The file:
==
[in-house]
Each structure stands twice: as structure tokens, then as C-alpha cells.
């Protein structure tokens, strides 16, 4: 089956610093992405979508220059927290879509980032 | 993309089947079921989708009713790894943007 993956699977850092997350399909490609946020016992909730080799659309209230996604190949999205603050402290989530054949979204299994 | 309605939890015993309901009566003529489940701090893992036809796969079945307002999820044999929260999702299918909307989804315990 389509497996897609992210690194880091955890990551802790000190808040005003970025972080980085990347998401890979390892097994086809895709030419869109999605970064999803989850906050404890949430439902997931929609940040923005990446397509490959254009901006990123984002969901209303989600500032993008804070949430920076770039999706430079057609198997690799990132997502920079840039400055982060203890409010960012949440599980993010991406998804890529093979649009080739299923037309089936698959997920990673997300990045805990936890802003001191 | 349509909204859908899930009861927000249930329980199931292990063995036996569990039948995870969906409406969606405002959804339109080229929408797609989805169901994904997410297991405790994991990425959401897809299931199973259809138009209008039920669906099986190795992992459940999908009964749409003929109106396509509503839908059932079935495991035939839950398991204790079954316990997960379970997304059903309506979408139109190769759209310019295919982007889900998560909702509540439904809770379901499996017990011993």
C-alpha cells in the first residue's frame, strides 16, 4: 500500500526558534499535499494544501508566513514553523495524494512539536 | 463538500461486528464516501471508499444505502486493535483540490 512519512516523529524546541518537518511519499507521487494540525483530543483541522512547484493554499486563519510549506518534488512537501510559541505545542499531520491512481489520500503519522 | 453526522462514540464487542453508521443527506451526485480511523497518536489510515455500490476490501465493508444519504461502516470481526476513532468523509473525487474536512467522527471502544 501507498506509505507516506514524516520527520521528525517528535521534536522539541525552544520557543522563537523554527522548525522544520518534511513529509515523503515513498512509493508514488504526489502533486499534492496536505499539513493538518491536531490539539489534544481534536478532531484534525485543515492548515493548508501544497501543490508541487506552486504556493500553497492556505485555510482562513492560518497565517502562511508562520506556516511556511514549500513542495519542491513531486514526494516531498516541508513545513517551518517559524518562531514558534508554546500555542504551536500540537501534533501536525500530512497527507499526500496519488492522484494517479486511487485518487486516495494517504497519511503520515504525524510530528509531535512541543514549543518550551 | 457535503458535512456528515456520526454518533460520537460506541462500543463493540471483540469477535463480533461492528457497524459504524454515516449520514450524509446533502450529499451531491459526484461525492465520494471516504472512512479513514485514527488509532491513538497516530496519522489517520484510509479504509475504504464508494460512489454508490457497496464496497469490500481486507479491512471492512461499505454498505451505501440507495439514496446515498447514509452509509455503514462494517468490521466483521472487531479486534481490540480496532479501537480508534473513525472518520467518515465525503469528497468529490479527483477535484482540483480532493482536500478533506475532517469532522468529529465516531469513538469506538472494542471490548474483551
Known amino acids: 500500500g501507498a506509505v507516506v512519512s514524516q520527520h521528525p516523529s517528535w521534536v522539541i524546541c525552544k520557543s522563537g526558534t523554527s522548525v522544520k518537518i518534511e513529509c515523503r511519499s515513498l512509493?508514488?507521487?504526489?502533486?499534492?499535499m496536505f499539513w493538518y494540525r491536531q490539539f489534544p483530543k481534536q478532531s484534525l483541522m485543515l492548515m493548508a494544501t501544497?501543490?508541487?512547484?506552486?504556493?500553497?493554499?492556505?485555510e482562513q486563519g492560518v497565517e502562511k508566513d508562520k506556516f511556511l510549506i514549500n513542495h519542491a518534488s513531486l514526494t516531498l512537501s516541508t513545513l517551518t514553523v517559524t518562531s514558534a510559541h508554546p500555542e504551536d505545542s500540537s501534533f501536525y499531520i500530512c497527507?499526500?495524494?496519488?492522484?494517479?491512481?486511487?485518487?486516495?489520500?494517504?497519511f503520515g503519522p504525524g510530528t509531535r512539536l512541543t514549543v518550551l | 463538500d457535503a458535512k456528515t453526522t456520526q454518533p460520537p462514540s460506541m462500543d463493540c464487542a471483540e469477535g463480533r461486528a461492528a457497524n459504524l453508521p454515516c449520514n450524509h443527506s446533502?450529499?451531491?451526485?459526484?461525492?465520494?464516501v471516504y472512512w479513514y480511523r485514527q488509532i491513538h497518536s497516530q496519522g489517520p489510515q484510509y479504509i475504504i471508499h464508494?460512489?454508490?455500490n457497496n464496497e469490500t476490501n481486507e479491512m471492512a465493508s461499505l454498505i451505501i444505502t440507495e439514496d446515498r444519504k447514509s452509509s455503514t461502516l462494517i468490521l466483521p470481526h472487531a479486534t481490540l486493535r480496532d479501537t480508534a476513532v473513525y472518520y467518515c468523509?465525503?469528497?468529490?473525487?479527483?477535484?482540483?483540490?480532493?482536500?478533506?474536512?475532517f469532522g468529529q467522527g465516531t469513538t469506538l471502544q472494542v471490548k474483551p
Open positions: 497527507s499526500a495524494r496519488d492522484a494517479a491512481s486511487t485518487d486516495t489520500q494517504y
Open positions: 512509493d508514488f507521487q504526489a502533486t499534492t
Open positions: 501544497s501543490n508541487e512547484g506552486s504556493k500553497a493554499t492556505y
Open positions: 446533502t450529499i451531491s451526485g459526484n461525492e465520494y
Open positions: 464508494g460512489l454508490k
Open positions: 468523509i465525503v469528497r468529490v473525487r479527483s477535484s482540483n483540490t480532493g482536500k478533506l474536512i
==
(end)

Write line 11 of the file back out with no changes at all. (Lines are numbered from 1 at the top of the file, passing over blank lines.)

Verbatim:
Open positions: 468523509i465525503v469528497r468529490v473525487r479527483s477535484s482540483n483540490t480532493g482536500k478533506l474536512i